Frank Albrecht, PhD

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Cognitive Behavioral Therapy

A March 11, 1997 Reuter's story discusses how CBT is
"a treatment based on the idea that the way people think about themselves
affects their emotions and behavior."

As a psychologist and mental health counselor myself I wish to comment on this.

I doubt anyone wants to argue that how we think influences our emotions and behavior. Thus Cognitive Behavioral Therapy (CBT) is widely used in the psychological treatment of depression, anxiety, and other emotional problems. For these kinds of problems the approach can be curative, or, at the very least, can produce extended remissions. There is ample data proving that.

It does turn out, however, that how we think also influences how our body works. CBT and related therapies thus are used with some success in cases of cancer and heart disease. This use is not curative but palliative. Less pain is felt. Disability is somewhat reduced. In some cases there is a longer life, that is, the physical disease process itself is slowed or impeded. I have not myself used this method with heart disease or cancer, but I have used similar methods with persons having pain of undeniably physical origin -- e.g. fractured vertebra. I have found it helpful in these cases.

Confusion arises when CBT is used for conditions which some people see as psychological rather than physical. Then we run into a problem with hidden agendas. The CBT practitioner may be using this method for the same reasons he would use it with cancer, as a method of palliation and as a way of improving functioning in spite of illness. On the other hand, the practitioner may be using it with a belief (often hidden from the client) that it will cure. Thus the PWC community, confronting people who recommend CBT, are never quite sure what the intent is, and what the underlying belief is. There is a tendency, I think, to throw out the baby (CBT) with the bathwater.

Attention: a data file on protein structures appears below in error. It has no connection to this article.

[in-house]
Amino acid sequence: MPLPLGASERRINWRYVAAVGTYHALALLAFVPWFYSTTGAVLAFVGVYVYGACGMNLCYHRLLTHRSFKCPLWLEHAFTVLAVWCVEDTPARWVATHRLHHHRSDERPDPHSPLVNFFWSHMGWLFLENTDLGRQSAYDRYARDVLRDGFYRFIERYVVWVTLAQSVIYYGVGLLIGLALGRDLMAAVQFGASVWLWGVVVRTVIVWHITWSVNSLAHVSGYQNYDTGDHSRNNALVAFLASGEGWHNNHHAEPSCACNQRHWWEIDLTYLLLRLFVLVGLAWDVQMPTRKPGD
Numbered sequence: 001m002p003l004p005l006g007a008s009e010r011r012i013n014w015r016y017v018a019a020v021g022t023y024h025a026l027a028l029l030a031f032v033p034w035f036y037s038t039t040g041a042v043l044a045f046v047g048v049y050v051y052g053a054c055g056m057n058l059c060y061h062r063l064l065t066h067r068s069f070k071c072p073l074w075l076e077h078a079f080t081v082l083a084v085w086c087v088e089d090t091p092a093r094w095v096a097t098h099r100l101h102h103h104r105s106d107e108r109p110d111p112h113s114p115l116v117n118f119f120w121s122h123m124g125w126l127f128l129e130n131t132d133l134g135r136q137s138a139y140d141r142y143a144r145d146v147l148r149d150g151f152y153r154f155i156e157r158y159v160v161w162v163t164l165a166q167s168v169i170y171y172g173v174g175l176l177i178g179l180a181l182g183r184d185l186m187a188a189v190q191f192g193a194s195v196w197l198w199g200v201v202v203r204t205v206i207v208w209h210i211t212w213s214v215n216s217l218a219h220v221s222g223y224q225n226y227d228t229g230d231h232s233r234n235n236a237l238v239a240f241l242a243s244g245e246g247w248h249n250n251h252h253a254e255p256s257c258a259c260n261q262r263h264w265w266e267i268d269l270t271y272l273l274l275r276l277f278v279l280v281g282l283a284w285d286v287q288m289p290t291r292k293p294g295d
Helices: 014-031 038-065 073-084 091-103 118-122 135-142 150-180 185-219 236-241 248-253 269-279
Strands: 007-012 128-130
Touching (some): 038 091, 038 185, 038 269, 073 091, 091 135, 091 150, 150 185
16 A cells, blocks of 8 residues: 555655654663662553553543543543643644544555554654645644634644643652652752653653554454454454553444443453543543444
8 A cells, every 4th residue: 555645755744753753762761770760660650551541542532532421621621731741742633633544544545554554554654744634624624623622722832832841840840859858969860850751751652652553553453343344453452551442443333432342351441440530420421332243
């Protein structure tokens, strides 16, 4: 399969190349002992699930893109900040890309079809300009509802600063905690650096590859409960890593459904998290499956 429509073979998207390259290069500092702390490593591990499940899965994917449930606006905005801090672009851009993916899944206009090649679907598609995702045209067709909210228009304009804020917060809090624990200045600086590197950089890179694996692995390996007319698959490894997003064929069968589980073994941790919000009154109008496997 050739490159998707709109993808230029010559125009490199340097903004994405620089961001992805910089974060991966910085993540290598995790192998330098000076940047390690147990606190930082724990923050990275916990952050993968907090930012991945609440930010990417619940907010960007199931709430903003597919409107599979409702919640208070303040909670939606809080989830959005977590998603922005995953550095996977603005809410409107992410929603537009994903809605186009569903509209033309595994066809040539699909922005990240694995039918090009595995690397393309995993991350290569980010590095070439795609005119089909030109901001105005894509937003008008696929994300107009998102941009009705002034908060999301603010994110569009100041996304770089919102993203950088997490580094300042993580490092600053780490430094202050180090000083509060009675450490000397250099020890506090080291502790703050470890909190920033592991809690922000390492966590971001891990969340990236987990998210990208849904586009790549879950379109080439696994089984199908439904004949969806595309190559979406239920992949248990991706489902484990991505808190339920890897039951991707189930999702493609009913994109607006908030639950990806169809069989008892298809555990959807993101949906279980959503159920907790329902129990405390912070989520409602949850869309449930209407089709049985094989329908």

Another problem is that CBT is a relatively new approach whose advocates are very aggressive in proselytizing for it. In my opinion, they exaggerate its effectiveness with psychological and physical problems both, and are insufficiently aware of its limitations. This general attitude leads them to overstate the case for, and the effectiveness of, their kind of therapy with all conditions, including CFS. This kind of overstatement increases PWC suspiciousness about the approach.

CBT can help selected PWC (not all, probably not the majority) feel better and function better. It can be a big help with illness management. That should be true, on theory grounds. And it is true. The studies that have been done show that. My personal experience also shows it.

I don't think any PWC should go to a CBT practitioner who thinks CFS is an emotional condition, or that it is not, clearly, a physical illness. For this reason the PWC community is justified in asking CBT practitioners and advocate some blunt questions about their illness beliefs, and to expect some forthright answers. The approach itself, however, is useful in the right hands. Let's not throw it out because some of its advocates have unwarranted opinions.

© Frank Albrecht, 1998

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